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EN2D2/EN3D2 Transnational Feminism: Literature, Theory & Practice

This is a Pathway Approved Option for the World and Comparative Literature Pathway and Theory Pathway, one of the Distributional Requirements for the English Pathway. Can also be selected as an option under the remaining Pathways.

(For students considering this module in 2017-18: here is the updated module description. There may be slight changes due to availability of certain texts.)


Wednesdays, 11:0 am-12:30 pm (G.03 Milburn House)

Thursdays, 10-11:30 am (H542)

Module Convenor and Tutor:

Dr. Rashmi Varma; H540; Ext: 523 666


The module assessment will consist of TWO 2,500 words essays (50%) and a 2-hour final exam (50%). The assessed essays each count for 25% of the final mark (total 50%); the exam counts for the remaining 50%. Essay deadlines are in Week 3 of Terms 2 and 3.

Course Description:

This module will explore the relationship between Anglo-American and European feminist literary theory and Third World and global feminism. As such, it will examine the tensions, negotiations and new articulations (specifically as transnational feminism) that can be read through the lens of historical developments from the nineteenth century to the present. In particular, the history of Euro-American colonialism, anti-colonial movements, nationalism, decolonization, development and modernization projects post-World War II, crises of global capitalism, new social movements, and neo-liberalism will provide broad frameworks for understanding transnational feminism.

The syllabus will consist of 7 broad themes over the two terms, each consisting of a number of different threads. The first Modernism, Colonialism and Gender will consider the 19th century context of the “woman question” as integral to the colonial project. We will examine writings by Western women travellers, missionaries, and social reformers and by anti-colonialist women writers and activists, as they developed and articulated ideologies of women’s emancipation. In the second unit, Woman/Nation, we will examine anti-colonialist and nationalist writings by women (typically invisible in dominant accounts of nationalism) and consider the relationship between gender, state and nation. The third unit, Migrating Selves/Working Bodies, will explore how gendered identities are constituted in the context of a rapid globalization of capital and culture, with special emphasis on late capitalist commodity culture, development discourse and transformations in labour and migration processes.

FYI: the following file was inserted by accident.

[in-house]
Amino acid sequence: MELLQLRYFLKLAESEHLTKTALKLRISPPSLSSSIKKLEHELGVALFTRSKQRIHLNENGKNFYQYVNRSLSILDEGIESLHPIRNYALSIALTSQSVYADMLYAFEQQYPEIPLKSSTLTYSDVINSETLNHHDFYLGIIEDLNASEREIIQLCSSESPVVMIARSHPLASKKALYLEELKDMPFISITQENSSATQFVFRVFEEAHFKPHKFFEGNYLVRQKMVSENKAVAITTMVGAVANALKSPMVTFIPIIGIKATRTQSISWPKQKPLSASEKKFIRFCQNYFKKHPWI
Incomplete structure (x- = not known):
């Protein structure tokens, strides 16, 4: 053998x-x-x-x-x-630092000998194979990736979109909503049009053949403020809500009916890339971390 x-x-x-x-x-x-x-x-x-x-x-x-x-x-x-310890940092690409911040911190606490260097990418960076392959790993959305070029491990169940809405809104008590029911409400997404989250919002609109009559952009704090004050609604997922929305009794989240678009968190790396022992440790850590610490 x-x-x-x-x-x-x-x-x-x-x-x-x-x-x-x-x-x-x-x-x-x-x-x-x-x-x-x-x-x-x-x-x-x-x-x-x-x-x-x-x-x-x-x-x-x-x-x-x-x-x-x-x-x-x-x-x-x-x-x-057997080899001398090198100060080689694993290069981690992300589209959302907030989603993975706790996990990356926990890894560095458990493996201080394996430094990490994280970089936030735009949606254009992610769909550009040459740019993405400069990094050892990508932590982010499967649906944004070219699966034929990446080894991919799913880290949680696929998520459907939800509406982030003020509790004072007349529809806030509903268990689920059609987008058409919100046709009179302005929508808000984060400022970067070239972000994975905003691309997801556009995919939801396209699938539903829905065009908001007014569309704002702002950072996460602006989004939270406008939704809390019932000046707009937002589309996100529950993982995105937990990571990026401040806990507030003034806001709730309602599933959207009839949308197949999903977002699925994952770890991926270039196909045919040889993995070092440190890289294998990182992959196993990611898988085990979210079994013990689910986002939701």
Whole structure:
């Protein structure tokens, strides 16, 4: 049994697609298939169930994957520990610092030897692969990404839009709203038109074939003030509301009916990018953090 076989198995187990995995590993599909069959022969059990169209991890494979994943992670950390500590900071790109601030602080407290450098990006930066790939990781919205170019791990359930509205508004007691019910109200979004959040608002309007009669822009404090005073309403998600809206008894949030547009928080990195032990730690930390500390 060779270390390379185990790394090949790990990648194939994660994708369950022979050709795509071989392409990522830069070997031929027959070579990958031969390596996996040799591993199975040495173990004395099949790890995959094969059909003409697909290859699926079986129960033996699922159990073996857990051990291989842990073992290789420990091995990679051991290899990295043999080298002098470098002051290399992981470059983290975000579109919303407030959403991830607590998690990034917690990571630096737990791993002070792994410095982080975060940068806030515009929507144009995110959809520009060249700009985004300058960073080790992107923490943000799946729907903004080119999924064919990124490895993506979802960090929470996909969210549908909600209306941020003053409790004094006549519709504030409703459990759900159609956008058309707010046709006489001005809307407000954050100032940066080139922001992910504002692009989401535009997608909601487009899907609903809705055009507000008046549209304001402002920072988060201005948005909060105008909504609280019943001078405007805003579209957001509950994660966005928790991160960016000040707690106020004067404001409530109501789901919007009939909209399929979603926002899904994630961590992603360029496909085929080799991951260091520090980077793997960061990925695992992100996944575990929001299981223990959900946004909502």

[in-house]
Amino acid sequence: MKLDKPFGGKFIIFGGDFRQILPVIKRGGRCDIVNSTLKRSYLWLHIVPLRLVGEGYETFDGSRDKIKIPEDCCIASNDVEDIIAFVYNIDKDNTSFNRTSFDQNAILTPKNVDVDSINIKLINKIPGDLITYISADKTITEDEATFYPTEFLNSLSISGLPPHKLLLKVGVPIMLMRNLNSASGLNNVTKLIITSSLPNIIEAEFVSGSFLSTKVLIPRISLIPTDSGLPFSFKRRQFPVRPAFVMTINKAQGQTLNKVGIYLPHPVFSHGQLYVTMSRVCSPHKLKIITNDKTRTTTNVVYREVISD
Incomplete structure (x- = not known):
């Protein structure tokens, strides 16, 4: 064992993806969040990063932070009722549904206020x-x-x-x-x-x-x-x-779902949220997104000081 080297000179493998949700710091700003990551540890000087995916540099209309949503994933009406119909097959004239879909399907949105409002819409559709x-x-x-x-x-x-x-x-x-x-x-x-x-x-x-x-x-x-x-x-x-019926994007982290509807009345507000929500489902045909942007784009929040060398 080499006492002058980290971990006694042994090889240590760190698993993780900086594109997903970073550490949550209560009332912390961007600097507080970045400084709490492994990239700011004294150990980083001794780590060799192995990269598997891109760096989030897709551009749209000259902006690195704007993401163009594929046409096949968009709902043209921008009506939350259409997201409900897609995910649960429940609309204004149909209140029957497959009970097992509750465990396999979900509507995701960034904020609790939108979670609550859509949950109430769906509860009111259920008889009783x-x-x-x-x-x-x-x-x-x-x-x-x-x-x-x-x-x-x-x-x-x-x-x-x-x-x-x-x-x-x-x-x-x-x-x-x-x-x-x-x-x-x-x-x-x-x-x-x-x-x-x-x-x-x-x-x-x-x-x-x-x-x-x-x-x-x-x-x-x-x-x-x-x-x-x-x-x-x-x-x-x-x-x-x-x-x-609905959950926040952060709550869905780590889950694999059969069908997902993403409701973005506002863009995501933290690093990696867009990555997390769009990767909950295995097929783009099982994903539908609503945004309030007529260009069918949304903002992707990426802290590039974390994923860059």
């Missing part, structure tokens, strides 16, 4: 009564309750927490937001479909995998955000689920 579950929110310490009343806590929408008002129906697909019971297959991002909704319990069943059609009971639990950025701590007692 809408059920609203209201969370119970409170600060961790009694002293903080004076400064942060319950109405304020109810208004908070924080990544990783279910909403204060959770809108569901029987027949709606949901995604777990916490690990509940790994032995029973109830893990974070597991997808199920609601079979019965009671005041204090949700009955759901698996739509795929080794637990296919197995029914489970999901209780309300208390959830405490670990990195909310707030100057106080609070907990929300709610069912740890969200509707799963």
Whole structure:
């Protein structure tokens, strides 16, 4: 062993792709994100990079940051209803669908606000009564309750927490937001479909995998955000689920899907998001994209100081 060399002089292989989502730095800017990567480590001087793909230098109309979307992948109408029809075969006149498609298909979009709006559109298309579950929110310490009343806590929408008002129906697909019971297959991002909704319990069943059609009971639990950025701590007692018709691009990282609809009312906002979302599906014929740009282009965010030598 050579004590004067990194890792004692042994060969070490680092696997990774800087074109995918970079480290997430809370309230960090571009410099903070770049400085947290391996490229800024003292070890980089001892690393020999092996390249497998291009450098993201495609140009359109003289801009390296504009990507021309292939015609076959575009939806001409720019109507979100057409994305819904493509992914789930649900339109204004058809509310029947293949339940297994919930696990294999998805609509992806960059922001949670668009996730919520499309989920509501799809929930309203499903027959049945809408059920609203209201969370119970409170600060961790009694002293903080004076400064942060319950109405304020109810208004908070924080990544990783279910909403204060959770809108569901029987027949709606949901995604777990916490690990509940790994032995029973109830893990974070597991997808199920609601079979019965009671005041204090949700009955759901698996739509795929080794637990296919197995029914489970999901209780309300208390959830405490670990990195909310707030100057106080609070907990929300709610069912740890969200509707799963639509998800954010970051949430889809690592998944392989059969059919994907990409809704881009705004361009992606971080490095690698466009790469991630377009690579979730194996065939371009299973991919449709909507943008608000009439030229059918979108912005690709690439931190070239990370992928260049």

We will also consider new theorisations of trans-national feminisms. We will do this by looking at some themes in Term 2. The rubric of Subalterneity, Solidarity and Experience will consider those three keywords as they pertain to the theory and practice of transnational feminism. In Unveiling the Subject we will examine issues of subjectivity and identity. In The World, the Body, the Text we will look at cultural and political constructions of the gendered body. The last unit, Gender and the New Empire, will consider the relationship between new forms of global imperialism (the “war on terror” being one instance of it) and the ways in which those have influenced questions of transnational feminist solidarity and activism. Each unit will have a key literary text around which the different theoretical questions will circulate.



Gloria Anzaldua, Borderlands

Jamaica Kincaid, Lucy

Jean Rhys, Voyage in the Dark

Rabindranath Tagore, The Home and the World


Monica Ali, Brick Lane

Tsitsi Dangarembga, Nervous Conditions

Assia Djebar, Fantasia

Nawal el-Sadaawi, Woman at Point Zero

Kamila Shamsie, Burnt Shadows

Selections of essays (available for photocopying or download)

Seminar Guidelines

Attendance: Attendance at each seminar is mandatory. If there is a medical reason or any other urgent situation, a written note should be submitted for record.

Seminar Participation: Seminars generally succeed or fail because of the quality of group participation. This means that you must keep on top of the required readings—reading thoroughly, carefully and in a timely manner.

Seminar Structure: We will begin each session with a short introductory lecture that will be followed by presentation/s. The seminar will then open up for general discussion, questions and responses. In order to prepare for this aspect of the seminar, you should formulate a question and a point for discussion for each reading. One useful way to do this is to focus on a specific part of a reading.

What is the salient argument that the reading/s are making? Is the argument consistent? If not, are there productive or useful gaps and contradictions for discussion? In the case of a fictional text, what are the key issues that might emerge as the framing ones for the text? Do the readings provide an important intervention in our thinking about feminism as a trans-national project? How can we evaluate the intervention? What assumptions are the readings making in terms of audience/subject matter/discipline, etc.? Is there scope for making useful comparisons with other texts that we are reading?

These pointers do not have to be followed in any particular order. They are mainly provided to assist you in formulating a response.

Facebook Page:
Each member of the seminar should sign up for one week in each term where they will be responsible for curating discussion. This means that you are expected to post an article, a film clip, an image or a point of discussion for the week you have signed up for. All others should make sure that you respond to a post on Facebook at least 3 times during the term.

Class Presentation: Each seminar participant will be required to sign up for at least one class presentation on the week’s readings. Each seminar participant will be required to sign up for at least one class presentation on the week’s readings. The presenter/s will be required to formulate about 4 questions based on the readings and present them to the group. Make sure you type these up and make copies for everyone in class. Don’t forget to write your name and week on it.